Salicin 13 was first introduced into medicinal use by Maclagan in 1876 as the single agent, although as a part of "herbals" the use of extracts of Salix or Spiraea ulmaria (the source of "spirin" in "aspirin") for treatments of fevers and pain dated from the days of Hippocrates. It is probable that the formal identification of salicin in more "modern" medicine would be the letter from the Reverend Edmund Stone to the President of the Royal Society in 1763 covering the use of the compound for treatment of "fever". There are various "stories and/or anecdotes" over the transition from salicin to acetylsalicylic acid (aspirin), but the most probable steps were as follows.

Piria, working with Spiraea species, first isolated salicylaldehyde in 1839 while working in Dumas' laboratory and then prepared salicylic acid. This was followed by the first synthesis of acetylsalicylic acid in 1853 by Gerhardt but without any pharmacological investigation. The story that Hoffmann at Bayer synthesised acetylsalicylic acid to overcome the taste problems with salicylic acid in order to help his father "take his medicine" has been revised relatively recently by Sneader. It would appear, in spite of some discussion on Sneader's paper in later issues of the British Medical Journal, that acetylsalicylic acid was synthesised by Hoffmann, but "under the direction of" Arthur Eichengrün at Bayer and that the compound was in fact under "impromptu clinical testing" before the 1898 time frame. Eichengriin left Bayer in 1908 and proceeded to develop materials and processes such as flame-retardant fibres and also injection moulding of plastics. However, when the Hoffmann story was published as a footnote in a book on chemical engineering in 1934, Eichengrün, being of Jewish descent, could not comment due to the political climate of 1930s Germany and it was not until 1949 that he was able to publish his story of the discovery.

2.3 Digitalis

In 1775, the English physician Withering reported his extensive work on a potential treatment for "dropsy" that he had developed as a result of studies on a plant decoction that the local inhabitants were using for their own treatment. He subsequently investigated the methods used and identified the foxglove, Digitalis purpurea, as the potential source and also demonstrated what today would be known as a "narrow therapeutic index" for the preparation. It was realised subsequently that purification would have to be performed, but in spite of significant efforts, it was not until 1867 that Nativelle was able to produce an effective crystalline preparation that he named "crystallised digitalin". A few years later in 1875, the German pharmacologist, Schmiedeberg was able to produce digitoxin 14. Subsequently, other compounds with a similar pharmacology were discovered by a combination of what would now be known as ethnopharmacology/ethnobotany — yielding ouabain from Acocanthera bark and roots and strophantin from Strophantus species. Both of these agents were used as arrow poisons in Africa, albeit in very crude form.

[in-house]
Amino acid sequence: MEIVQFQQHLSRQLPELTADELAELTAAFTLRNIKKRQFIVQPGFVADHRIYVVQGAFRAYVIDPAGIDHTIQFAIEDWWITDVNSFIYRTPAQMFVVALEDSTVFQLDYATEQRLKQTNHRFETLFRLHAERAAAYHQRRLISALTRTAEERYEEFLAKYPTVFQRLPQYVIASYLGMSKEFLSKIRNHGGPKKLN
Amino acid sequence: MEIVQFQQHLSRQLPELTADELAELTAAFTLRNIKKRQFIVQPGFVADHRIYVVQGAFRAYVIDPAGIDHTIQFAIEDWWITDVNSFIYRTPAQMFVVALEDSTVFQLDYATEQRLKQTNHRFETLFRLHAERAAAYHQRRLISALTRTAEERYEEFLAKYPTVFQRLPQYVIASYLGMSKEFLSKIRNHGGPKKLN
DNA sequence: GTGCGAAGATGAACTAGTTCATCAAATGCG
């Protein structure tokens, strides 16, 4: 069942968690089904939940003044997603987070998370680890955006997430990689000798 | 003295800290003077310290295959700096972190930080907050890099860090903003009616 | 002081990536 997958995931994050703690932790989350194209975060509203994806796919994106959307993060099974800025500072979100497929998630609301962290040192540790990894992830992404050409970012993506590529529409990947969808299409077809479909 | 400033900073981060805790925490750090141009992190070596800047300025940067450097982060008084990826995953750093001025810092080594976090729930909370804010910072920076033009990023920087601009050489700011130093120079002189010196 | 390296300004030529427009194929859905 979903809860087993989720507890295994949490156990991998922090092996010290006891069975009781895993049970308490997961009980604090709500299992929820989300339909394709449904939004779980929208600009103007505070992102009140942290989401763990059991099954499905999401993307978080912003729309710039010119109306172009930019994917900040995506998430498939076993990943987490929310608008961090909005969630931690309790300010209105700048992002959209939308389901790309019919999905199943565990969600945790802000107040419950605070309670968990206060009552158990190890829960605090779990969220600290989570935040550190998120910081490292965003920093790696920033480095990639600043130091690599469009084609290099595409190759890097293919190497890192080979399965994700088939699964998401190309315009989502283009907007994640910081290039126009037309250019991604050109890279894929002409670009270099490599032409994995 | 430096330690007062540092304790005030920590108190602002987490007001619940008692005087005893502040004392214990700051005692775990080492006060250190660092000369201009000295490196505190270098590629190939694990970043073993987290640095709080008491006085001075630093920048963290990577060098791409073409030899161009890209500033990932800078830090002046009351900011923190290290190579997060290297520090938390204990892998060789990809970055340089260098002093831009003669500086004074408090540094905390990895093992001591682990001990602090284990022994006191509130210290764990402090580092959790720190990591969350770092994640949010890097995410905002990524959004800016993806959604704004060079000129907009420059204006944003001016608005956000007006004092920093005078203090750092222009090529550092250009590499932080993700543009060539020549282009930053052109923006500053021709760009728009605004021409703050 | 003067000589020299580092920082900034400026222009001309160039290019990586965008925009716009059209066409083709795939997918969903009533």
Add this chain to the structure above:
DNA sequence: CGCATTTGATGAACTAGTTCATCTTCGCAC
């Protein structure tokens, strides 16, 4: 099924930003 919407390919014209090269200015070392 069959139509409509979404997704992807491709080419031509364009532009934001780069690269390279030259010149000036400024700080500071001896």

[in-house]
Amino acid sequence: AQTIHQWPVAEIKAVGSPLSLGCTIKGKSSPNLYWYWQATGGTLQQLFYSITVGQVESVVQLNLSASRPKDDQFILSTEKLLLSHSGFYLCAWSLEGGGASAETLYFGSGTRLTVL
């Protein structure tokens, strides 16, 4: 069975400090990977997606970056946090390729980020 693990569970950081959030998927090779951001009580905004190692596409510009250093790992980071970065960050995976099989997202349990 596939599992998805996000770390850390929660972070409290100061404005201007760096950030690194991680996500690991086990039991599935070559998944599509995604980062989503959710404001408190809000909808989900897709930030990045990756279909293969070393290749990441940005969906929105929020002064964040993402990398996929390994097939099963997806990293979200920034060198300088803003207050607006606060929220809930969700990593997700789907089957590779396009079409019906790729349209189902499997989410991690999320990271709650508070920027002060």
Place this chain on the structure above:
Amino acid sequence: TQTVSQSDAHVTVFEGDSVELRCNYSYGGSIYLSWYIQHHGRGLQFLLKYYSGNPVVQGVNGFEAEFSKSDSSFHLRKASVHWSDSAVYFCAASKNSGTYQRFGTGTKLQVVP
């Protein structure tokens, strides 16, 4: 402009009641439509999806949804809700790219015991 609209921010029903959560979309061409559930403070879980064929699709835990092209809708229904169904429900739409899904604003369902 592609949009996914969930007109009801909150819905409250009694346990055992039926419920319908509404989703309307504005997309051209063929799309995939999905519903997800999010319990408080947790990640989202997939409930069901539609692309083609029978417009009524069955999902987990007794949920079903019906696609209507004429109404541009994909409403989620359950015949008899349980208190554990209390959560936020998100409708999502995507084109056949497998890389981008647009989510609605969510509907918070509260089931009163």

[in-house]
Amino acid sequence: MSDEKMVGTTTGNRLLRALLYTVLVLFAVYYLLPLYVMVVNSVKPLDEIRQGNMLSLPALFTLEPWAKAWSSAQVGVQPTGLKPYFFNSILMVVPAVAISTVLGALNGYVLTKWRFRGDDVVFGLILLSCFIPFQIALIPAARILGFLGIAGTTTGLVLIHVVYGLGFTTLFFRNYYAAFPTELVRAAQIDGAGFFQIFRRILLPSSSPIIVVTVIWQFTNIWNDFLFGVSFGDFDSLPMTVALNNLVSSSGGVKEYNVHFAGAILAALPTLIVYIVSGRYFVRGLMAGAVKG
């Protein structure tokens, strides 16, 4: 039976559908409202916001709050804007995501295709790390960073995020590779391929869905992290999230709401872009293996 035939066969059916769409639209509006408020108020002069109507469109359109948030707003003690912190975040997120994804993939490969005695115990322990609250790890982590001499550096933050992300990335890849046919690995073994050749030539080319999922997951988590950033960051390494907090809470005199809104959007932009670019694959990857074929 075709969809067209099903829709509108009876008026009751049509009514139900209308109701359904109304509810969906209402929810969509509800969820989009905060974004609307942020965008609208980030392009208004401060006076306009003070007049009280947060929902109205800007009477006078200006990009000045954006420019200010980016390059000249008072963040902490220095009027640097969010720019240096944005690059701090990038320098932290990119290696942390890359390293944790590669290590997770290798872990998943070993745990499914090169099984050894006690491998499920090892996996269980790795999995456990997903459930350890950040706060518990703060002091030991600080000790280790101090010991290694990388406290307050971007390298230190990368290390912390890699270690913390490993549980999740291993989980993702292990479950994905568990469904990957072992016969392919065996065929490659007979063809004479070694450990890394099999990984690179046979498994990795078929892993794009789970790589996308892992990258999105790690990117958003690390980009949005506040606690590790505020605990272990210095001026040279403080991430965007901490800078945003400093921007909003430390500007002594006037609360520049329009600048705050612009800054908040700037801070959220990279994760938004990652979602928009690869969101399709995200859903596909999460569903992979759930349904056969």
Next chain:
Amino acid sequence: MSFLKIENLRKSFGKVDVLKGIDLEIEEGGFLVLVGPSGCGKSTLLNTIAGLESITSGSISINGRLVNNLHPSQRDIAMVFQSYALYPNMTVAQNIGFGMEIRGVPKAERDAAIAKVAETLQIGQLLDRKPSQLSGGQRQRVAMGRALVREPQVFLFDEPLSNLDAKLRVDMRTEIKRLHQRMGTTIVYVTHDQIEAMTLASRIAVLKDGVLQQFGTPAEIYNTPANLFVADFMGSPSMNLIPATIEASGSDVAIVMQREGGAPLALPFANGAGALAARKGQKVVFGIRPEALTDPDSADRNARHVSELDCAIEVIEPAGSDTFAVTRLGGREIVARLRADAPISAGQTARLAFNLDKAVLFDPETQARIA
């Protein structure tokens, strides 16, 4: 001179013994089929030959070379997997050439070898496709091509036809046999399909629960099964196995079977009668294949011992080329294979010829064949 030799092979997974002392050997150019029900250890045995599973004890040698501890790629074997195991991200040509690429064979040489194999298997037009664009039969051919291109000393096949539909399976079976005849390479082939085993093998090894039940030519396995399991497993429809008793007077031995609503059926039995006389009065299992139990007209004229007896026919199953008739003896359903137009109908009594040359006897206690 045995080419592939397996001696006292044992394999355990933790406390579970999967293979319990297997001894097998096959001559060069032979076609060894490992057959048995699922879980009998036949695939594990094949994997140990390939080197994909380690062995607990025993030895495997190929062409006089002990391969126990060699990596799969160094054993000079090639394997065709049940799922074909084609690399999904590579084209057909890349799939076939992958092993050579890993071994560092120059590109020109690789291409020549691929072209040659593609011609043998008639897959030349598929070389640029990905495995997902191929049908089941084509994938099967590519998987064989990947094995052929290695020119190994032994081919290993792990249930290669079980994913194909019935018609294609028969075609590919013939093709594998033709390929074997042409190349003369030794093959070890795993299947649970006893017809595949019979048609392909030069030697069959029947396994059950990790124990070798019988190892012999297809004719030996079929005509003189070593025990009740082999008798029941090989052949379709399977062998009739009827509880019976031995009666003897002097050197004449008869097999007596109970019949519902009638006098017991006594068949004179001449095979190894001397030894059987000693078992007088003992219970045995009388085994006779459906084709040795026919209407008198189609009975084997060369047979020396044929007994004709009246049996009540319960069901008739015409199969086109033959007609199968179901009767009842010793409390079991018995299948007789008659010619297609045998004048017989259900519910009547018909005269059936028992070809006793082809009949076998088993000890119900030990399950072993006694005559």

Excerpted from Natural Product Chemistry for Drug Discovery by Antony D. Buss, Mark S. Butler. Copyright © 2010 Royal Society of Chemistry. Excerpted by permission of The Royal Society of Chemistry.
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Meet the Author

John Gray spent 22 years working in UK Water Companies on all aspects of water treatment, supply and analysis. This was followed by 13 years as a regulator before retirement in 2007 from his position as Deputy Chief Inspector (Operations) with the Drinking Water Inspectorate. He has been involved in improving the safety and security of drinking water supplies and has established links with other Government Departments, academia and research organizations involved in "homeland defence" issues both in the UK and internationally. He was closely involved in the development of the specialized analytical capability for the water industry. Actively involved with the Royal Society of Chemistry, John Gray was for six years a member of the Applications Committee followed by seven years with the Ethical Practices Committee. He chaired of the organizing committee of the three Water Contamination Emergencies conferences. Professor Thompson has 37 years experience in the management of environmental laboratories including those at Severn Trent and Yorkshire Water. He is currently Chief Scientist of ALcontrol UK, one of the largest contract water, soil, air and food analysis organizations in Europe. Since its inception in 1995, he has chaired the UK Water Laboratory Mutual Aid Group and been closely involved with the three associated sub-groups on emergency organic and radioactivity analysis and the LEAP emergency incident proficiency scheme. He was Secretary of the organizing committee of the three Water Contamination Emergencies conferences.

Brief Biography

San Francisco, California
Date of Birth:
Place of Birth:
Houston, Texas
B.A., M.A., Maharishi European Research University; Ph.D., Columbia Pacific University, 1982